This piece presented an interesting perspective on Carefree Black Girls that I haven’t seen or considered: we use this label to encompass a range of Black girl emotions, attitudes, and layers to show that we are more than just “angry” as the stereotype implies, yet this label is solely attached to 1-D tumblr-esque flower child images of what a Carefree Black Girl looks like. Ashleigh Shackelford’s efforts here show that while we are making progress in changing the perceptions of Black womanhood, there is still some flaw in how the Carefree Black Girl image is being molded.
“The class status and respectability politics of the carefree girls we’re uplifting speaks volumes to who we’re ignoring as not-so-carefree.” Read the rest.
Charles Blow’s op-ed shares how Republican presidential candidate Ben Carson’s examples of racism are starting to tally up. How a candidate presents himself is important for obvious reasons, and with Carson’s repeated offenses this may be proving to be how he gets down and what will get his votes up.
“No one can discount what Carson accomplished professionally, but those accomplishments must now stand shoulder to shoulder with this new persona: whisper-soft purveyor of hyperbolic hucksterism.” Read the rest.
A poem by Daniel Johnson, A Quiet Revolution is about Blackness in America. Short lines echo our shortness of breath as we scream out in frustration about the circumstances we could not choose.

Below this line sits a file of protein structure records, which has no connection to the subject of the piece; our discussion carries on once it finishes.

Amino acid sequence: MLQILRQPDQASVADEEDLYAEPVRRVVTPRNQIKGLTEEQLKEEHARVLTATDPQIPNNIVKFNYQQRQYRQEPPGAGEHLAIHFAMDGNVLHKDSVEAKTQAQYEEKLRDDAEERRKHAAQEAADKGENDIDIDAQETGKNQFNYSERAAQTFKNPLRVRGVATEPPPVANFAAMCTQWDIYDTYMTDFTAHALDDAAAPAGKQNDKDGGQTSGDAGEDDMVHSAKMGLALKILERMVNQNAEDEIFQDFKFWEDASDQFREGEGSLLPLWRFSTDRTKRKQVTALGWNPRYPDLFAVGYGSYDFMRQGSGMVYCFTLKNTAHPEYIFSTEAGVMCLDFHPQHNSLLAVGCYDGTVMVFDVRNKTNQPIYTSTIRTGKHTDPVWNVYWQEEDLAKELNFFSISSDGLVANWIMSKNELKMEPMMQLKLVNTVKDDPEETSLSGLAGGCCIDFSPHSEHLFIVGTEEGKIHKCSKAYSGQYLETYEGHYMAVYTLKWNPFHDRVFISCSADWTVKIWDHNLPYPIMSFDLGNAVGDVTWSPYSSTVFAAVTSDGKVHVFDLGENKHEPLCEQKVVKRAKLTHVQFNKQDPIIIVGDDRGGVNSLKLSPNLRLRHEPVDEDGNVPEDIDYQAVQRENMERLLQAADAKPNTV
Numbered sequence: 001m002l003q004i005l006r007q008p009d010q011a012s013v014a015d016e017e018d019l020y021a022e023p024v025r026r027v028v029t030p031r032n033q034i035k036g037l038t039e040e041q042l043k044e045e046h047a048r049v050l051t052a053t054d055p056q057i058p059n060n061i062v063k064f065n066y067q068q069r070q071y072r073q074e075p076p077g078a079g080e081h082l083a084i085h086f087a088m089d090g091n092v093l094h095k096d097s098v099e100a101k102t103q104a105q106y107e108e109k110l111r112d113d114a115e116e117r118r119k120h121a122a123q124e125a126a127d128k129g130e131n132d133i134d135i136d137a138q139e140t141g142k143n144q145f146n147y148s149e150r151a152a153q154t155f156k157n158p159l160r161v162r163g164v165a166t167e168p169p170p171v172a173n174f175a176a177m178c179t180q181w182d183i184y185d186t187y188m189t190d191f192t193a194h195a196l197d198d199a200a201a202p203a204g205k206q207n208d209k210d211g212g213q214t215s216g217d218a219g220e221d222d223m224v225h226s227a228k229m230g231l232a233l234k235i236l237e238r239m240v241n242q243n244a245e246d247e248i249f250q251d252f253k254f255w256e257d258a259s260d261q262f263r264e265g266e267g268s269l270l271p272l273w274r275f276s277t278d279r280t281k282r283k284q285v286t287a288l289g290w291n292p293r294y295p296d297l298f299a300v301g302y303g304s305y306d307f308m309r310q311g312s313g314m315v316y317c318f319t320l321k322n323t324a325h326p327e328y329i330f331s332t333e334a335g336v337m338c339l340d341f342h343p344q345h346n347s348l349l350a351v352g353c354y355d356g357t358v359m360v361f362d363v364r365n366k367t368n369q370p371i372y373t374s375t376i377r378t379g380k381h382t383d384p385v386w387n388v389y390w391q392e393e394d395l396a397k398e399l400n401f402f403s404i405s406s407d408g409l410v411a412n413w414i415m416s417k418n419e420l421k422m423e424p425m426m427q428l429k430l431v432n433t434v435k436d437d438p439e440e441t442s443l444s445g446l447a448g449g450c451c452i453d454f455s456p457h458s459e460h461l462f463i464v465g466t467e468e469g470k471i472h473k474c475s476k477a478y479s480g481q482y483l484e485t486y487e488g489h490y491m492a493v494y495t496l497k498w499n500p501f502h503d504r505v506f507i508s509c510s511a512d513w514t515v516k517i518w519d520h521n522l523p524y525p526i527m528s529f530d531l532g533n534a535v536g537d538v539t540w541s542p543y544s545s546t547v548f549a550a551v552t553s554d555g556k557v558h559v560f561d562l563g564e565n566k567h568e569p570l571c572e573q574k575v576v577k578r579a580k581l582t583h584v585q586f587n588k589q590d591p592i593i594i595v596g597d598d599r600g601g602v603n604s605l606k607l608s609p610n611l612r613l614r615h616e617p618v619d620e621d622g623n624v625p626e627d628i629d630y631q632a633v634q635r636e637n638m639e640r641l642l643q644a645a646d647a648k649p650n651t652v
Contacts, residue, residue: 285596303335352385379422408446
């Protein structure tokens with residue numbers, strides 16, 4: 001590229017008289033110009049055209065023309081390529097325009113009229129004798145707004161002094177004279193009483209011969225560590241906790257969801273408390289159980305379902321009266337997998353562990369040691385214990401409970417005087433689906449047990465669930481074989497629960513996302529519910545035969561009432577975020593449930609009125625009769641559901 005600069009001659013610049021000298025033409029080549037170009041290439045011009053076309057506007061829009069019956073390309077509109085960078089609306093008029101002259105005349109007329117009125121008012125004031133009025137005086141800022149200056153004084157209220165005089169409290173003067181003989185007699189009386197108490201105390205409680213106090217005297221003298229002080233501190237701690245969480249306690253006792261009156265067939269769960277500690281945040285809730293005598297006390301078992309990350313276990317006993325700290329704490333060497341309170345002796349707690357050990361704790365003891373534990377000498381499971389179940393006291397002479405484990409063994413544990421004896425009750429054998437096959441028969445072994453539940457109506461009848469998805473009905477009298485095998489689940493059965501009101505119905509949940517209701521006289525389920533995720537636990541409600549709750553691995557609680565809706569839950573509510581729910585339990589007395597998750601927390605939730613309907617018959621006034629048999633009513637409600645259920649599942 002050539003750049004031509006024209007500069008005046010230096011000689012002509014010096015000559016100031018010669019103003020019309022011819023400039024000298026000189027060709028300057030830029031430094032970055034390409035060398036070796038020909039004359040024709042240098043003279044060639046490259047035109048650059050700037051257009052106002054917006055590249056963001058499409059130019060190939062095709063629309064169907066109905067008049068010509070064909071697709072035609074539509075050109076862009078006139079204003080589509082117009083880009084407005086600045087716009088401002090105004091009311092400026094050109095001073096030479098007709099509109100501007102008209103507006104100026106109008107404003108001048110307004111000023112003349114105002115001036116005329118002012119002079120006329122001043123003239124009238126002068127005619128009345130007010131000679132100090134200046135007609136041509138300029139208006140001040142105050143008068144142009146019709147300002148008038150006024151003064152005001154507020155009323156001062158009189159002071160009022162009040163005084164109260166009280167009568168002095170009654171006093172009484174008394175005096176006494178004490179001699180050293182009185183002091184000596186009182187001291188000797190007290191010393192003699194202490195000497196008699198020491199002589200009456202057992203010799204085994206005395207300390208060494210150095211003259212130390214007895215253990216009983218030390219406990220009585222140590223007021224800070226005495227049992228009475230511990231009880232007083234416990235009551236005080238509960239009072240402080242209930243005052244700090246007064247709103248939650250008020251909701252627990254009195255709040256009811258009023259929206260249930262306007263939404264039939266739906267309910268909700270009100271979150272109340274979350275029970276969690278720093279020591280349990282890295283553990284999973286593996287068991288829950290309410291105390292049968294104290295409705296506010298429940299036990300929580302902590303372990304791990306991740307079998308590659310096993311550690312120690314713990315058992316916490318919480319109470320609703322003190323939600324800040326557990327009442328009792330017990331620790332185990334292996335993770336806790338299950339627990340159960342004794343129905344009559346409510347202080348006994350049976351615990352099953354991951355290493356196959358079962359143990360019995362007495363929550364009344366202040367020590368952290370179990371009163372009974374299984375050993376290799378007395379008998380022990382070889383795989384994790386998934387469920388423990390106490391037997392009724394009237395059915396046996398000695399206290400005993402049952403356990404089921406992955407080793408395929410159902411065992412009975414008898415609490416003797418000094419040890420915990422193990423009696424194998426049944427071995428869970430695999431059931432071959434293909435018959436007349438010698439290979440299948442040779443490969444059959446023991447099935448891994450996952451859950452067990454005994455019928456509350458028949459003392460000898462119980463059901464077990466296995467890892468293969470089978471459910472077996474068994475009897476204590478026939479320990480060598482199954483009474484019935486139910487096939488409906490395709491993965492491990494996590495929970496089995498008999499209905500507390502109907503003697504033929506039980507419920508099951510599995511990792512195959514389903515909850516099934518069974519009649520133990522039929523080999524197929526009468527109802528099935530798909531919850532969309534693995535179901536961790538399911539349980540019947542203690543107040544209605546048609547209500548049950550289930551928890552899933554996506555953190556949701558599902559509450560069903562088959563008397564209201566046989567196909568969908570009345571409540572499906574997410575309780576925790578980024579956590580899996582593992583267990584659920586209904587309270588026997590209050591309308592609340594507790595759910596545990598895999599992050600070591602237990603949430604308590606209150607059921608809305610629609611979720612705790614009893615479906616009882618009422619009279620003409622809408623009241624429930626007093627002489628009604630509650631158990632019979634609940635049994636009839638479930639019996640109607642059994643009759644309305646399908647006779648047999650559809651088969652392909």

“Where our defiance is listed under justifiable homicide
Justice is a word we don’t know…” Read the rest.
This is the Real Cost Families Pay for Mass Incarceration / Blavity (5 min. read)
A statistically strong companion to the recent VICE HBO Special: Fixing Our System, Ko Bragg wrote about the financial burden mass incarceration has on our families which easily trickles into our communities. I’m always looking for statistical affirmation of system oppression of low-income people of color, and this was full of it. The article also featured a spotlight and information from Who Pays? The True Cost of Incarceration for Families, a community-driven research project.
“Mass incarceration began with the influx of the cycle of poverty, and the report cites incarceration as both a predictor and consequence of poverty.” Read the rest.
If none of these made it to your reading lists this week, take some time to check them out this weekend. Comment below to share with BITNB which ones stood out to you and share your thoughts!
Did you read something this week that sat with you and made you think, something that you learned something from, or something that brought you the peace you needed? Tweet the link to @BITNB, sharing is caring!